The painless comparison to make for the French release "A Prophet" is to position the picture in the shadow of "The Godfather." In terms of epic crime film storytelling and patient character transformation, it's a solid DNA match, yet "A Prophet" is a far more feral, scattered production, forgoing any sort of reassuring sweep to snap around like a cobra, striking randomly at anyone who steps near it. For better or worse, the picture pulses with menace, creating a striking portrait of the years spent deep inside a turbulent prison society.
At 19 years of age, Malik (Tahar Rahim) is about to begin a six-year prison sentence, entering a concrete jungle of criminals armed only with the barest of instincts. Malik is semi-illiterate and naive, capturing the attention of incarcerated crime lord Cesar (Niels Arestrup), who uses the boy to his advantage, deploying Malik to kill off his enemies and perform housekeeping work, soon taking him into the Corsican mafia group that runs the prison. Caught between his Arabic heritage and the suffocating, sadistic Corsican control, Malik learns the prison ropes slowly but surely, using his newfound wisdom and budding power to execute his own illegal dealings, courting danger from all sides as he builds a makeshift criminal empire from the confines of his cell.
"A Prophet" is intense and inhospitable, but it's also an intriguingly propulsive drama that respects the tenets of prison cinema while building its own identity through a distinctive cultural perspective. Directed and co-scripted by Jacques Audiard ("The Beat That My Heart Skipped"), "A Prophet" retains an icy stare, plunging cameras into bleak prison conditions and hostile inmate attitudes. The arc of the film lies within Malik, who enters the penitentiary a jittery child unaware of local rules and customs, madly scraping by to protect his person while the vultures descend.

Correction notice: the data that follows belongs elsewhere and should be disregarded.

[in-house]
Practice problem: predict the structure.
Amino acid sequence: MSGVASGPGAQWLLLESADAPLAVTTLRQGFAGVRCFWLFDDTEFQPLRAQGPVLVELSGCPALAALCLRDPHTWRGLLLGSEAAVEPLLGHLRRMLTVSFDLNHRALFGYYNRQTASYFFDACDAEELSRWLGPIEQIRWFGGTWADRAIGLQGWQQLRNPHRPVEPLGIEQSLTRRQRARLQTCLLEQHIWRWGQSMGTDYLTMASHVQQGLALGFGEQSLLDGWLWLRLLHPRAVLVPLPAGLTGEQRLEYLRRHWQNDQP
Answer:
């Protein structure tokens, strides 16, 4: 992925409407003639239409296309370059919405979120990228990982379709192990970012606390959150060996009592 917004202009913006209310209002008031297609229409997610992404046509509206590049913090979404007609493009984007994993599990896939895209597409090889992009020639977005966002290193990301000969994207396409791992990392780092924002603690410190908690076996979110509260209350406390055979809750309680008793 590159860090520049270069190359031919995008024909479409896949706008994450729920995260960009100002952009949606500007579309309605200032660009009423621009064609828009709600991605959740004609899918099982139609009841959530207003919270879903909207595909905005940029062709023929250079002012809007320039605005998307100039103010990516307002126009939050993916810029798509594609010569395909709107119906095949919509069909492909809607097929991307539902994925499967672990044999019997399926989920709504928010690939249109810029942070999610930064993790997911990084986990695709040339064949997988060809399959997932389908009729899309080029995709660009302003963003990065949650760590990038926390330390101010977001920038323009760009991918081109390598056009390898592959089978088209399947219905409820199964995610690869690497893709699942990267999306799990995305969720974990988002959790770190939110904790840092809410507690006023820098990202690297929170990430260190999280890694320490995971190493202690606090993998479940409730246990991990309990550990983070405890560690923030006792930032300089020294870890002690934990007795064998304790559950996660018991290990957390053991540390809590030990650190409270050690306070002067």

Through his eyes we watch as the character journeys from mouse to man, a process jumpstarted by an order from Cesar to kill a crucial Muslim witness through the guise of sexual interest. The act is carried out successfully, though it drags a knife across Malik's psyche, severing his tenuous connection to the outside world. Within the first year of incarceration, the prison (and Cesar) owns him. The rest of his sentence is spent reclaiming his individuality, by hook or by crook.
"A Prophet" is a familiar viewing experience, and Audiard gives the material more of a cable movie polish than a ragingly cinematic one. The boys-behind-bars clichés are present, but never indulged to drowsiness, staying locked onto Malik's tortured sense of self, which provides an hypnotic screen vibration, guided astonishingly by Rahim's fingernail-tearing depiction of caged animal survival. The story cautiously unfolds further, with Malik using his prison leave privileges to form a drug smuggling circuit with a former inmate who once encouraged his education. There's also the business of Cesar, a ruthless master to Malik's obedient dog temperament, who finds his penitentiary control slipping away as the years pass, filled with disgust as the Muslim population explodes. Though a frail senior citizen, Cesar is a horrifying, spittle-drenched creature who refuses to relinquish his position of power, inadvertently encouraging Malik's resolve to fashion his own identity.
It doesn't take long for the feature to turn into an eye-spinning game of last names, building a pyramid of criminal intent that pays homage to the great underworld stories while indulging in its own spine-chilling mischief behind bars. It's a pretzel of a motion picture, further augmented with a few surreal dreamscape touches and optical tinkering, but "A Prophet" remains an accessible nightmare, with a near-masterful dosage of suffocation and brutality to help it crystallize in the senses long after it concludes.